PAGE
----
A decade has passed since the Oakland Raiders last made the playoffs—or even had a winning season. With so many questions surrounding the quarterback position entering 2013, an immediate reversal of that trend doesn't seem likely.
Incumbent starter Carson Palmer is due $13 million. CBS Sports' Jason La Canfora reported back in February that there was "no way" the Raiders would pay him that kind of money to stay.
Adam Schefter of ESPN then reported that the Raiders were attempting to restructure Palmer's contract as of late February. Keeping Palmer for at least another year wouldn't be the worst move, considering the Raiders gave up so much to get him in the first place.
After all, handing the keys to the franchise to unproven, yet intriguingly athletic, QB Terrelle Pryor seems a little bit dicey. Pryor has just one start under his belt, which came in the regular season finale of 2012. Absent any consistent accuracy or evidence of truly grasping how to read NFL defenses, he still seems like a project despite flashes of brilliance.
Just weeks ago, Mike Florio of Pro Football Talk cited ESPN's Chris Mortensen, who reported that Oakland is interested in selecting West Virginia Mountaineers star Geno Smith with the third-overall pick in the 2013 draft.
That confirmed the report made nearly a month before by B/R's draft expert Matt Miller:
Considering that Smith ran a 4.59 40-yard dash at the NFL Scouting Combine and possesses a pro-caliber arm, seemingly sharp football smarts, solid size and pinpoint accuracy, it could make sense.
Jim Corbett of the USA TODAY documented an exceptional pro day that Smith put on Thursday:
Pairing an athletic quarterback with more passing upside than Pryor alongside a hopefully healthy Darren McFadden would give Oakland a much more explosive offense on paper.
Perhaps that is the thinking behind the latest rumors swirling around the Raiders.
The Raiders are reportedly interested in acquiring former Tennessee Titans Pro Bowler Vince Young, according to Michael David Smith of Pro Football Talk. He indicated that NFL Network's Ian Rapoport had the original scoop, but that talks are "preliminary."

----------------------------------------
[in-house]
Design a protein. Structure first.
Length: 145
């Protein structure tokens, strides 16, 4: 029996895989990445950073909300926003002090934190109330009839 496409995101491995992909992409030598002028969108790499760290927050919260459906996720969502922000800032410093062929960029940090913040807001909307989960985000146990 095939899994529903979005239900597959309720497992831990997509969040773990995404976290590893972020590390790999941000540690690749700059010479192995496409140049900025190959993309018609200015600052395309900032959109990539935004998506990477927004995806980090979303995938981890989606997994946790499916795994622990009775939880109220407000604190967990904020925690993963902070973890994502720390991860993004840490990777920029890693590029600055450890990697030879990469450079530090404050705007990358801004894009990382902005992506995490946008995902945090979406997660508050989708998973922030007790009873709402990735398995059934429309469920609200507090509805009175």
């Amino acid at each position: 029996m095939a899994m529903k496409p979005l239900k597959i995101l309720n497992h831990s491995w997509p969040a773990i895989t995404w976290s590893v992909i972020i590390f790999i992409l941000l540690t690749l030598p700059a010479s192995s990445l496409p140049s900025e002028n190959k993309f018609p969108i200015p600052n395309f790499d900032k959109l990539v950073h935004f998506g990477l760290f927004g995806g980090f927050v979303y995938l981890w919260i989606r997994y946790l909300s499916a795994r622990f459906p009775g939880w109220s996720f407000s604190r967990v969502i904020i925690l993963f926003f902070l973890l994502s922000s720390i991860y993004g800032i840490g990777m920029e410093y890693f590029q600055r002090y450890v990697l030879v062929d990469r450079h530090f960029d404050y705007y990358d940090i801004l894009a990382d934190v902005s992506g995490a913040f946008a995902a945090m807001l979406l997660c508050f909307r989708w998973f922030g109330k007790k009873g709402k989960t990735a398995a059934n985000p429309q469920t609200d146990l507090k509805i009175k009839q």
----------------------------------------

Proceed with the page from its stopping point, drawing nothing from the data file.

Young has shown a knack for clutch plays and fourth-quarter comebacks, but has been too inconsistent and played rather poorly for the Philadelphia Eagles in 2011. The most recent stint for Young occurred with the Buffalo Bills this past preseason, but he was released before he could even lock up the No. 2 job.
With so many holes elsewhere on the roster, particularly on the defensive side of the ball, the Raiders' best bet may be to keep Palmer—even if they can't restructure his deal.
There simply aren't enough quarterbacks on the free-agent market that are even worth the cheaper investment as a stopgap option.
Plus, Palmer's 2012 campaign wasn't as bad as it's made out to be. He still threw for over 4,000 yards, 22 TDs, 14 INTs and posted an 85.3 passer rating while getting pummeled constantly.
There was no running game to support him, and the Raiders were frequently in obvious passing situations because of that, and the number of points the defense yielded. That's a hard situation for any quarterback, so Palmer does have some leverage.
As Paul Gutierrez of CSNBayArea.com points out, Palmer restructured his deal last offseason. Asking him to do so again may result in Palmer's departure. Oakland will have then lost out on its best short-term option under center.
That is, unless Geno Smith turns out to be the real deal, which is hardly a slam dunk at this point.
A definite dilemma exists at the most vital position for GM Reggie McKenzie, and the riddle may not be solved this year.
The rumor mill will likely continue buzzing until a resolution is reached on one of the most maligned QB situations in all of the NFL.